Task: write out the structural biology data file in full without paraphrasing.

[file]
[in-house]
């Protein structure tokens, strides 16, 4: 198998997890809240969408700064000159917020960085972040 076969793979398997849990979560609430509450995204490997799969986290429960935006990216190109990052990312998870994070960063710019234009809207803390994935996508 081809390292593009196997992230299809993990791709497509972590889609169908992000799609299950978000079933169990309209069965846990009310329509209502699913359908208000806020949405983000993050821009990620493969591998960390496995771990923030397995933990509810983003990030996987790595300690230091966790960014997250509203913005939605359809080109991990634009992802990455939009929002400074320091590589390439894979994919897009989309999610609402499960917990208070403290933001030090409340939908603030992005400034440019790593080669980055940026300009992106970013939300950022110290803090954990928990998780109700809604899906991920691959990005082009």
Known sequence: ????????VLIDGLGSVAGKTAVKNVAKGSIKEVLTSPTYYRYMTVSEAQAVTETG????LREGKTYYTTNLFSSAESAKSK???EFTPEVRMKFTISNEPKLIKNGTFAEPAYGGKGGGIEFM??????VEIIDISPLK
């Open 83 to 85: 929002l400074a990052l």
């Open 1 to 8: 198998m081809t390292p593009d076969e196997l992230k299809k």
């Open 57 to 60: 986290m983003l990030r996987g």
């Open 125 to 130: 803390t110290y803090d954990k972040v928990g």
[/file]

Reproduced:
[in-house]
């Protein structure tokens, strides 16, 4: 198998997890809240969408700064000159917020960085972040 076969793979398997849990979560609430509450995204490997799969986290429960935006990216190109990052990312998870994070960063710019234009809207803390994935996508 081809390292593009196997992230299809993990791709497509972590889609169908992000799609299950978000079933169990309209069965846990009310329509209502699913359908208000806020949405983000993050821009990620493969591998960390496995771990923030397995933990509810983003990030996987790595300690230091966790960014997250509203913005939605359809080109991990634009992802990455939009929002400074320091590589390439894979994919897009989309999610609402499960917990208070403290933001030090409340939908603030992005400034440019790593080669980055940026300009992106970013939300950022110290803090954990928990998780109700809604899906991920691959990005082009």
Known sequence: ????????VLIDGLGSVAGKTAVKNVAKGSIKEVLTSPTYYRYMTVSEAQAVTETG????LREGKTYYTTNLFSSAESAKSK???EFTPEVRMKFTISNEPKLIKNGTFAEPAYGGKGGGIEFM??????VEIIDISPLK
């Open 83 to 85: 929002l400074a990052l």
């Open 1 to 8: 198998m081809t390292p593009d076969e196997l992230k299809k």
């Open 57 to 60: 986290m983003l990030r996987g």
């Open 125 to 130: 803390t110290y803090d954990k972040v928990g």